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Latitude: 55.7699 / 55°46'11"N
Longitude: -2.2801 / 2°16'48"W
OS Eastings: 382522
OS Northings: 652981
OS Grid: NT825529
Mapcode National: GBR D1JQ.4H
Mapcode Global: WH8X8.Y7DL
Entry Name: Mouth Bridge
Listing Date: 9 June 1971
Source: Historic Scotland
Source ID: 335516
Historic Scotland Designation Reference: LB4271
Building Class: Cultural
County: Scottish Borders
Electoral Ward: Mid Berwickshire
Traditional County: Berwickshire
Circa 1795. Single segmental-arched, symmetrically humped bridge with SW and NE elevations and long ramped approaches. Sandstone rubble with broadly droved dressings to voussoir, arch ring, coping of parapet and terminal dies; rock-faced ashlar below impost bands of arch. Mutuled cornice, rising to point to centre and coped parapet. Walls to E and N terminated by drum piers/dies; quadrant walls to S and W; wing walls step inwards towards centre; walls buttressed (all soon after date of construction, except in 1945 SE buttress added). Plaque to SW elevation, road-side of parapet, noting date of restoration, in 1992, by Borders Regional Council.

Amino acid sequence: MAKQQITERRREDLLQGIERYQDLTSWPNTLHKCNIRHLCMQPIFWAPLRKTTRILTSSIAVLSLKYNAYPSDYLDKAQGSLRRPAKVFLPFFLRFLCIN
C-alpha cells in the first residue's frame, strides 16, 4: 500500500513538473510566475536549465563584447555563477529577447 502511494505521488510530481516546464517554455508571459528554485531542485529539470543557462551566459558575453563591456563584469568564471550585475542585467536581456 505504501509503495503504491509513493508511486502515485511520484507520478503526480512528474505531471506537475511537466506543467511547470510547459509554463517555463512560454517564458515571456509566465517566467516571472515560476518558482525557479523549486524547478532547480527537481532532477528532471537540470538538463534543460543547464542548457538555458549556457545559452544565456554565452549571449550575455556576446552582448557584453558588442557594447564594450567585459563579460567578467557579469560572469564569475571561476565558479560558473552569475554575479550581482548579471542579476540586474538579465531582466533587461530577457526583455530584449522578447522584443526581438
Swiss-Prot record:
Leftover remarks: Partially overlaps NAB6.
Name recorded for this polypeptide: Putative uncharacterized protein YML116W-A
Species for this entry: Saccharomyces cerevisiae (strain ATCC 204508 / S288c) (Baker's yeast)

There was a ford recorded in 1771 at this point of Blackadder Water. There was a major flood of the river during the 18th century. The bridge was first mentioned in 1797. There has been the supposition that the bridge was built by the farmer-architect, Alexander Stevens (c1730-96) who according to his Gentleman's Magazine obituarist, "in the course of the last 40 years, erected more stone bridges, and other buildings in water, than any other man in these kingdoms... The North of England and Scotland exhibit numberless works of his execution". There is an undated design for a bridge in the RIBA collection of drawings for the Blackadder estate. It is not known whether this was for this particular bridge, or for one actually in the vicinity of Blackadder House, which lies a couple of miles downstream. The bridge is a good example of a large single arch bridge of the later 18th century. It has a 70ft span, which is quite unusually large, although not the largest, in Scotland for this date.
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